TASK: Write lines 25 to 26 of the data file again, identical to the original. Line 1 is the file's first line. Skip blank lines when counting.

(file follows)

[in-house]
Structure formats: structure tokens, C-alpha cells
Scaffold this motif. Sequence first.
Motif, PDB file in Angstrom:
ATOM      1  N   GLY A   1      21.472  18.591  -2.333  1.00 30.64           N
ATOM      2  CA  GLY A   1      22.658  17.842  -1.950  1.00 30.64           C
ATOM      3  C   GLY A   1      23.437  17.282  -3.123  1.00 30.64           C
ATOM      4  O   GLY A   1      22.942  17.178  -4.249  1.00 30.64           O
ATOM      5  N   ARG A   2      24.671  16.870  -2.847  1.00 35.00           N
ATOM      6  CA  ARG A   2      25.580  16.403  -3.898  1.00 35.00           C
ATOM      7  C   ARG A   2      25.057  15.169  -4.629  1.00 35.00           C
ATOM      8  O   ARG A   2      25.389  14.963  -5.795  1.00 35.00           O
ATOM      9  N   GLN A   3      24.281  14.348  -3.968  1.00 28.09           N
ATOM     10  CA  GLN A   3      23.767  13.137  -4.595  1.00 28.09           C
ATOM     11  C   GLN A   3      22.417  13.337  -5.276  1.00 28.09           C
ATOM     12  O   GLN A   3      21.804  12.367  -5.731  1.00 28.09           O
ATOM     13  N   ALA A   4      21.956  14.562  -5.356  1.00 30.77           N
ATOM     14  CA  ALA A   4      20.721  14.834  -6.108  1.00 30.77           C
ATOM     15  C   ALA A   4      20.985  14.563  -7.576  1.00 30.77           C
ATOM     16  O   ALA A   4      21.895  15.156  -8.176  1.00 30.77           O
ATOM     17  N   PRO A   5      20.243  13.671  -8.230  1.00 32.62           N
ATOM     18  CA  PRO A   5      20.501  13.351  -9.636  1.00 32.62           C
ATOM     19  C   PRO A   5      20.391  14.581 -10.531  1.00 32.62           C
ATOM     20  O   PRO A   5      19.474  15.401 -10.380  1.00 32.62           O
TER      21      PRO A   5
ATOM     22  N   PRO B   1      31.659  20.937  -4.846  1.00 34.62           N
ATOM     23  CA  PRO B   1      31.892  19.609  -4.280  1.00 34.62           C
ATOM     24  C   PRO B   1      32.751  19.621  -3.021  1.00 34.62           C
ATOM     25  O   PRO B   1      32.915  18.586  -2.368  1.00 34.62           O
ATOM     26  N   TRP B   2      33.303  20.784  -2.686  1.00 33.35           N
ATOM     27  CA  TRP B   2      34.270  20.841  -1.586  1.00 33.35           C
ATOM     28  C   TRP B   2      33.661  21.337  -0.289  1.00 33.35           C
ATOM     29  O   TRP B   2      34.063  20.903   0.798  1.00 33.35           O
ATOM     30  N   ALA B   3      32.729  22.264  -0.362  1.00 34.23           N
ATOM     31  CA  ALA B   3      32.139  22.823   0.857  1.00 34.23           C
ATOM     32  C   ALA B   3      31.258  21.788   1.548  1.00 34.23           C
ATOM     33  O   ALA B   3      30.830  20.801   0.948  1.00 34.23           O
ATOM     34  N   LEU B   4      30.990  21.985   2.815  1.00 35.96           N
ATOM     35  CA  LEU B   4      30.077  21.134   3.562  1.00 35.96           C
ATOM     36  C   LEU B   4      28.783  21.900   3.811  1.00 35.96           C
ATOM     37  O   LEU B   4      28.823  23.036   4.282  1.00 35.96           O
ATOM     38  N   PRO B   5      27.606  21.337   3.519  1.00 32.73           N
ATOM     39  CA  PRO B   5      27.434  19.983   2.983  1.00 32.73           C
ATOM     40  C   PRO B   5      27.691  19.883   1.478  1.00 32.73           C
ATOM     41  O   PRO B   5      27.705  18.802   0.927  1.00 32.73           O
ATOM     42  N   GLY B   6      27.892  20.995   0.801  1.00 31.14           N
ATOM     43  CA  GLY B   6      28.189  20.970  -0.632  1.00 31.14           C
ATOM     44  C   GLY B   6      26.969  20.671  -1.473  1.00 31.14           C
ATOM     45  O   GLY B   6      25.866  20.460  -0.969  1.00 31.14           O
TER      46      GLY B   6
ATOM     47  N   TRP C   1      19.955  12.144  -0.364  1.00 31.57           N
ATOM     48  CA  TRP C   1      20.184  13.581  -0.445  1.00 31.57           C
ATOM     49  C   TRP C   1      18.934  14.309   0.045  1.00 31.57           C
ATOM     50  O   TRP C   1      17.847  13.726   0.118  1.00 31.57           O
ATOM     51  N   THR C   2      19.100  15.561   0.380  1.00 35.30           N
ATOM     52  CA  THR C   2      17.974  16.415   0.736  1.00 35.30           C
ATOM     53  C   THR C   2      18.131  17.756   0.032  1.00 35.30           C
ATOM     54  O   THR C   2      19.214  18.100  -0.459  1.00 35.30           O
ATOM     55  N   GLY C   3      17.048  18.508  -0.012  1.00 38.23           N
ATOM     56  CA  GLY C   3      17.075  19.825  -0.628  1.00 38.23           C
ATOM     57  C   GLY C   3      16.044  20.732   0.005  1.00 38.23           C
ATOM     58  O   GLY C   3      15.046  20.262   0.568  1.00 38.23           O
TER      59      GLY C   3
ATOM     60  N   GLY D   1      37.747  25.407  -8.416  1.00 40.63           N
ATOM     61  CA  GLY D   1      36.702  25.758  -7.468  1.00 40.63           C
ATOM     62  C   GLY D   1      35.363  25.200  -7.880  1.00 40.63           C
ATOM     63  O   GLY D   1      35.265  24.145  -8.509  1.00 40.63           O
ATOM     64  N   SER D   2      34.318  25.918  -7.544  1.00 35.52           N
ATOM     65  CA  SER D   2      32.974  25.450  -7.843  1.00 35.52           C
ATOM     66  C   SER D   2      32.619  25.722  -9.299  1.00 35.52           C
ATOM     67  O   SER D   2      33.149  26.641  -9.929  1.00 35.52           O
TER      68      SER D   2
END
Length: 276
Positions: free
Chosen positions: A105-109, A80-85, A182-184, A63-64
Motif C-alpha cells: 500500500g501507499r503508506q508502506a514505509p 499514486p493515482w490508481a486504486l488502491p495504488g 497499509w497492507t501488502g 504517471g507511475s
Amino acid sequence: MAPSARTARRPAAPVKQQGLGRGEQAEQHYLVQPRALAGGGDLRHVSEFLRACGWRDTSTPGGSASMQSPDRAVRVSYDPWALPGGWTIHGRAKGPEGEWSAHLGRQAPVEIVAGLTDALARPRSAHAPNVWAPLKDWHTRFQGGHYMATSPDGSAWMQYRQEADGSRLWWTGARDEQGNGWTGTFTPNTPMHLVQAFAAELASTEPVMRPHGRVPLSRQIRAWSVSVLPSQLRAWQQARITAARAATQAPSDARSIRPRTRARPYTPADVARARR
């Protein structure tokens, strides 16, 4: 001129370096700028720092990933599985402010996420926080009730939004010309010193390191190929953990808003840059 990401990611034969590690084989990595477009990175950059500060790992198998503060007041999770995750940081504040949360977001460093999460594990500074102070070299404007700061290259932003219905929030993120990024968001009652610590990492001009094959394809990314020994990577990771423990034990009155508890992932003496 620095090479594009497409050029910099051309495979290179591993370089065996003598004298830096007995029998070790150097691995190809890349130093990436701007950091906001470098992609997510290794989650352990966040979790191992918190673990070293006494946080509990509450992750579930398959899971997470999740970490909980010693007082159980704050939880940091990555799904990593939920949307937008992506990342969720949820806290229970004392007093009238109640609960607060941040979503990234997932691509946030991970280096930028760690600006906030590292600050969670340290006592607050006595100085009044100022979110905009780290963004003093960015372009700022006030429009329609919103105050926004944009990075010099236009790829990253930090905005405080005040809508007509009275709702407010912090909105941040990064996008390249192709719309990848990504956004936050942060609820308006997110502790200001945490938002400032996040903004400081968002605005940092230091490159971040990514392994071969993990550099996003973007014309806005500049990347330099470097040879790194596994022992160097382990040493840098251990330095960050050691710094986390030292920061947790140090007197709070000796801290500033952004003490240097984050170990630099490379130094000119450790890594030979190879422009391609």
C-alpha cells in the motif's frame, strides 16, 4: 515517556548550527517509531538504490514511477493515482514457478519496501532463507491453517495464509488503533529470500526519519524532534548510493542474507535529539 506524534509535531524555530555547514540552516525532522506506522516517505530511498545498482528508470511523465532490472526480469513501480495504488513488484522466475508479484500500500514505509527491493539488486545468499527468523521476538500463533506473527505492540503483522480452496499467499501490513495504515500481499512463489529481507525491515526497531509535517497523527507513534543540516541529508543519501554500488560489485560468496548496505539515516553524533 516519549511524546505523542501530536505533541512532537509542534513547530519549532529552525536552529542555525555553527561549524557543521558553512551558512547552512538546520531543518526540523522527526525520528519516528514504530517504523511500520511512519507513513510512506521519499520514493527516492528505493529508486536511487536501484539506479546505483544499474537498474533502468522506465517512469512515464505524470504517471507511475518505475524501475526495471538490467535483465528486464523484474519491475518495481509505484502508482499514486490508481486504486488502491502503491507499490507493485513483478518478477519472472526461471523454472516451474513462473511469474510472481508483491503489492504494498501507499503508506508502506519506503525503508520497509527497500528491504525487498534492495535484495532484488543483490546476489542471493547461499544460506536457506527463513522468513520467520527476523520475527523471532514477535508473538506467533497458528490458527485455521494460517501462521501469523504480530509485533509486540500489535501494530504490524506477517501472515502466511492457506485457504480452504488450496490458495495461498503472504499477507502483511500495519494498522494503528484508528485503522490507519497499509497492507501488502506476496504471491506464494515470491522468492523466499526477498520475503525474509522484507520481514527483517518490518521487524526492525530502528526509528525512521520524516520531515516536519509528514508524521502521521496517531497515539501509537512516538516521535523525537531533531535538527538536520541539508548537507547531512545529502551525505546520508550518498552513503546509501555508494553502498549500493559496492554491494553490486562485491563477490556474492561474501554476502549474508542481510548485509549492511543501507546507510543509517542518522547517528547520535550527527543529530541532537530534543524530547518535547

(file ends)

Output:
TER      21      PRO A   5
ATOM     22  N   PRO B   1      31.659  20.937  -4.846  1.00 34.62           N